Furthermore, one of the pillars of collaborative care that will need to be firmly established is the fostering of clear dialogue and a means for strong communication within the care management planning. For instance, there needs to be a clear decision and communication of all tests ordered and when the test results will be available. One of the most important aspects of this collaborative care will be the nursing interventions which can have significant impact on the patient's health and stabilization (Allen, 2010). In fact, strategic nursing care can even minimize readmission rates of Margaret and other patients with comparable conditions (Chen et al., 2012).
Prioritize the Nursing Care Needs of Margaret
The prioritization of nursing interventions is essential, and the way in which a nurse determines this priority is going to be something unique and distinct. "Trials reviewed demonstrated a beneficial impact of nursing interventions for secondary prevention in…
Adler, H.M. (n.d.). Toward a biopsychosocial understanding of the patient -- physician relationship: An emerging dialogue. (2007). J Gen Intern Med,22(2), 280 -- 285.
Afilala, J. (n.d.). Frailty in patients with cardiovascular disease: Why, when, and how to measure. (2011). Curr Cardiovasc Risk Rep, 5(5), 467 -- 472.
Allen, J.K. (2010). Randomized trials of nursing interventions for secondary prevention in patients with coronary artery disease and heart failure: Systematic review.
Journal of Cardiovascular Nursing,25(3), 207-220.
Issler is a patient who recently moved with his daughter-in-law who is no longer married to his son. As part of her interest in helping to take care of Mr. Issler, she noticed that he was pale and diaphoretic after a two and a half hour flight. The daughter-in-law took him to an emergency room where he was attended to by a cardiologist and set a follow-up check up for an echo cardiogram next week. Mr. Issler has complained of congestive heart failure and a history of deep vein thrombosis. The cardiologist recommended that he seeks out a primary care provider and check up of his thyroid. As the primary care provider, the patient has also expressed his uncertainties on whether he has hyper of hypo thyroidism though he has been under thyroid medication for several years. In addition to being very pale, he has a large bag of…
Bray, D.L. (n.d.). Thyroid Storm and the AACN Synergy Model. Journal of Nursing. Retrieved from http://rnjournal.com/journal-of-nursing/thryoid-storm-and-the-aacn-synergy-model
Drewes at. al. (2012, October). The Effectiveness of Chronic Care Management for Heart Failure: Meta-Regression Analyses to Explain the Heterogeneity in Outcomes. Health Services Research, 47(5), 1926-1959.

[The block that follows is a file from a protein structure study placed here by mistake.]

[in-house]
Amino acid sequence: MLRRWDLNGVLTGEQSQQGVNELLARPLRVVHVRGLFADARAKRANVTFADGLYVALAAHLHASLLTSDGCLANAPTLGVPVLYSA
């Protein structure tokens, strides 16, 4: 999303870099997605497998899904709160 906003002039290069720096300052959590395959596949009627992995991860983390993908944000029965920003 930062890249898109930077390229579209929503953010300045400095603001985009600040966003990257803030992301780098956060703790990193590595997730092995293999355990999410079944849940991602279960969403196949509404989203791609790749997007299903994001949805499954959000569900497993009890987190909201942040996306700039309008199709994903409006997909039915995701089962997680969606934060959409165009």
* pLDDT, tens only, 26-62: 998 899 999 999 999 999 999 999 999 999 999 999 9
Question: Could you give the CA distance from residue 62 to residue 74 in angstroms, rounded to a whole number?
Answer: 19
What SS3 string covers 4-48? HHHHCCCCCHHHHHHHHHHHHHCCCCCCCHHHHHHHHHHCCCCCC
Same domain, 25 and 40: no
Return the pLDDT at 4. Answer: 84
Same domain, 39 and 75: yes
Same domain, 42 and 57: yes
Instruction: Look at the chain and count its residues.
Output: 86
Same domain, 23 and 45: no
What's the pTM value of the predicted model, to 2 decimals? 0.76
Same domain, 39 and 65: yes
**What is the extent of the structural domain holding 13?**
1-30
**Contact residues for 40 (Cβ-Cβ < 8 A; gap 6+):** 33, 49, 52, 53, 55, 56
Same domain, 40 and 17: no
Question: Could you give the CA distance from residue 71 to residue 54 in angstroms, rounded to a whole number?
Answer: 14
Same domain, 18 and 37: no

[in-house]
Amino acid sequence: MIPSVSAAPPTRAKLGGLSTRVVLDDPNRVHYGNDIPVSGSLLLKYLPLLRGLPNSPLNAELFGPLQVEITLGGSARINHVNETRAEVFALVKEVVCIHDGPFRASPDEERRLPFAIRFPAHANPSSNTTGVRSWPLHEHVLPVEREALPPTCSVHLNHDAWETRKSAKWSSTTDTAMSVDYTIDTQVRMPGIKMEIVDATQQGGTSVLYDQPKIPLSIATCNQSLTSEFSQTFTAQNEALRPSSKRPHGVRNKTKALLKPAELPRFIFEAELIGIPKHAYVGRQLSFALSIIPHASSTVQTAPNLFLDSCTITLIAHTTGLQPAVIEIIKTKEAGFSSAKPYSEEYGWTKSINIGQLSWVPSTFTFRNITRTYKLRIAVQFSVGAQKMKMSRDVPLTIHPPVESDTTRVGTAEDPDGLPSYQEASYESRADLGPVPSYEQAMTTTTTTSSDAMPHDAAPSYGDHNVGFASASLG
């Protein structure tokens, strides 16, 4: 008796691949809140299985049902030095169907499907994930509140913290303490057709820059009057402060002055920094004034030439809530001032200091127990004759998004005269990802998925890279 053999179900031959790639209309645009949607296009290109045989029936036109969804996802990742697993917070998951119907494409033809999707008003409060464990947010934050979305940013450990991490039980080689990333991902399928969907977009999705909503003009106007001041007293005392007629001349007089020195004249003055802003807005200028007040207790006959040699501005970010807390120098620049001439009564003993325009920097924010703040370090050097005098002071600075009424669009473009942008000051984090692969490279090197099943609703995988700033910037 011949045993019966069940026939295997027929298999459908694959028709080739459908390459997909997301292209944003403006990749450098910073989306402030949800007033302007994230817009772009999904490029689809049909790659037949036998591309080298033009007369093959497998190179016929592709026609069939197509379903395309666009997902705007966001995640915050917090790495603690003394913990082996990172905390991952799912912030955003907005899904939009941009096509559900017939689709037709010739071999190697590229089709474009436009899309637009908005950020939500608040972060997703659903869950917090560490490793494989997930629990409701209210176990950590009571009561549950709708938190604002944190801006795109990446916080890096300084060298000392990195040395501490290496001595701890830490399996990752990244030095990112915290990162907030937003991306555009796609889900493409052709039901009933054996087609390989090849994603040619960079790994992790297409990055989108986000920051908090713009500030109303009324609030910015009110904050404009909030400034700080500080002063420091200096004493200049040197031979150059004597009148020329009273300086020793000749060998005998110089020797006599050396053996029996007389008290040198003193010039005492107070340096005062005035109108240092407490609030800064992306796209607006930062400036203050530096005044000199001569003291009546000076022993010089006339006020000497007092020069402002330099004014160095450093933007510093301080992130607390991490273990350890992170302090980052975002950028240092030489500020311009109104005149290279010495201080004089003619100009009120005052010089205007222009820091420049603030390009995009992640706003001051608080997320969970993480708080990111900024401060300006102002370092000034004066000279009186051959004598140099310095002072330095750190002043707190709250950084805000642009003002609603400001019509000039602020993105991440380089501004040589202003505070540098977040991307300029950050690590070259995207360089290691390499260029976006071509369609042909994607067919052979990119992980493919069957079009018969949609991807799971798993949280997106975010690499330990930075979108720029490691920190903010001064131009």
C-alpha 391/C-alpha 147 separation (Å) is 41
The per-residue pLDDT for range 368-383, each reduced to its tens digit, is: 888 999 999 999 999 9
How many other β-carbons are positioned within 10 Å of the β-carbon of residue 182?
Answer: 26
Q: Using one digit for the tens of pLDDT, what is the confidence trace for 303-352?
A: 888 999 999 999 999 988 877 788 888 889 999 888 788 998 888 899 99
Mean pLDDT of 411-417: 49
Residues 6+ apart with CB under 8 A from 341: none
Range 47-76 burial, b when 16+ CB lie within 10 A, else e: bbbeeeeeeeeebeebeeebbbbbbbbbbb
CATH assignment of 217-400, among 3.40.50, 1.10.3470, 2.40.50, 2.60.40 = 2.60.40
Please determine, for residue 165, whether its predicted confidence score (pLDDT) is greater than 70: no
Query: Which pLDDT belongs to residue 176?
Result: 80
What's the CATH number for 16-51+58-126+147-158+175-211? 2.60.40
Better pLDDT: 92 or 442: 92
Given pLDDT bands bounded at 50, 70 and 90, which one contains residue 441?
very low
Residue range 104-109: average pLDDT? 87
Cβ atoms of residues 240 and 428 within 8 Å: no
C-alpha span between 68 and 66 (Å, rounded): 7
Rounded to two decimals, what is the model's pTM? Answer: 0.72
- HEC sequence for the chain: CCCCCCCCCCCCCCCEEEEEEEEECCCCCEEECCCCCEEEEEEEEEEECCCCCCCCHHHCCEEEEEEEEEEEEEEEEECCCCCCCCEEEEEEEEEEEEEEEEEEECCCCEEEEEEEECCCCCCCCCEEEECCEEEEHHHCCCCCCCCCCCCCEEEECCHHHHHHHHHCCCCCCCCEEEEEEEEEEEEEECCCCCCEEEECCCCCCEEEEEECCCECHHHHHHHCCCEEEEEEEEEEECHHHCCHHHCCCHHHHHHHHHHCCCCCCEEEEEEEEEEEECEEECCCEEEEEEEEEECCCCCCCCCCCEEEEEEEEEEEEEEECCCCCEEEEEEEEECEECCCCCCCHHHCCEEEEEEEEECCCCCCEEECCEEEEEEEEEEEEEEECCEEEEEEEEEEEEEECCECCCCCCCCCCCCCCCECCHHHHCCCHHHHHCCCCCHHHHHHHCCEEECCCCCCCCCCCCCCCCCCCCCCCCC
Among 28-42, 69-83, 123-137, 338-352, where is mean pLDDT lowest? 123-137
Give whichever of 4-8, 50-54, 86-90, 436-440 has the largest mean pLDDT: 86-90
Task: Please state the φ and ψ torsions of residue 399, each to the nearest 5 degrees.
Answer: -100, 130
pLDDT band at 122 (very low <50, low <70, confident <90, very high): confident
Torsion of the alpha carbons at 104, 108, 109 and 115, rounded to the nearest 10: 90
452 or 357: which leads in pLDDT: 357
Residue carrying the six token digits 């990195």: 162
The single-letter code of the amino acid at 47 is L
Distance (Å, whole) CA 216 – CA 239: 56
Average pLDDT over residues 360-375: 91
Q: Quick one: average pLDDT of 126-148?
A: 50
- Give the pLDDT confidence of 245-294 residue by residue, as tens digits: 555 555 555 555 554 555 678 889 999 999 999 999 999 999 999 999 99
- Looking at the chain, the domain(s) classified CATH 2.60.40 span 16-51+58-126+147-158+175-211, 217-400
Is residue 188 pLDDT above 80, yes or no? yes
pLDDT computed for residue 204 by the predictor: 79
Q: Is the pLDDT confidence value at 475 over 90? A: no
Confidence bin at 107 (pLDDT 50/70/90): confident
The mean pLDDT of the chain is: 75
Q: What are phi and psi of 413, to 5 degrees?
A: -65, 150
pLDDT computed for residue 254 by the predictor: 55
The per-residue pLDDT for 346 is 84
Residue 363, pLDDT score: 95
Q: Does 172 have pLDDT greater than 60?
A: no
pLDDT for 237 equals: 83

Hardin, S. & Hussey, L. (2003, February). AACN Synergy Model for Patient Care Case Study of a CHF Patient. Critical Care Nurse, 23(1), 73-76. Retrieved from http://ccn.aacnjournals.org/content/23/1/73.full.pdf
Kaplow, R. & Reed, K.D. (2008). The AACN Synergy Model for Patient Care: A Nursing
Evolution of Health Care Information Systems Physician's Office Operation
Filling in the hole of health care information technology will endorse safe, capable, patient-centered, and patient care that is fruitful in a timely way. In this essay, the theme is to look into two modern health
care organizations and then compare and contrast many characteristics that will involve the kind of evidence systems are using at the moment, investigate the transmission of information 20 years ago and how the substitute of data today. Furthermore, this essay will cover two major events and technology developments that have inclined present Health Care Informational Services practices.
Compare and Contrast Doctor's Workplace Operation
These day's doctor's office operation is familiarizing to the health care reform that was sanctioned in 2010 by the Obama organization. During sometime in October of 2013, the exchanges in health insurance was available on the market for customers on order to…
Burke, D., Wang, B., & Wan T.T.H. & Diana, M. (2009). Exploring Hospitals' Adoptionof IT. Journal of Medical Systems, 21(9), 349 -- 355.
Callen, J., & Braithwaite, J. & . (2008). Cultures in Hospitals and TheirInfluence on Attitudes to, and Satisfaction with, the Use of Clinical InformationSystems. Social Science and Medicine, 65(4), 635-639.
Finchman, R., & Kohli, R. & . (2011). Editorial Overview -- The role of IS inHealthcare. Information Systems Research, 22(3), 419-428.
Caring for ody and Soul
Critiquing Research Report
Modern nursing practice has focused more and more on treating the whole person, through four domains (Chan, 2009). These are physical, mental, social, and spiritual. Of the four, the spiritual domain is the most neglected. A retrospective study recently found that nurses with religious beliefs are more likely to extend spiritual care. The greater their spiritual perceptions, the more frequently they include a spiritual dimension to their care of patients (Chan). However, not many nurses are able to extend care in this domain.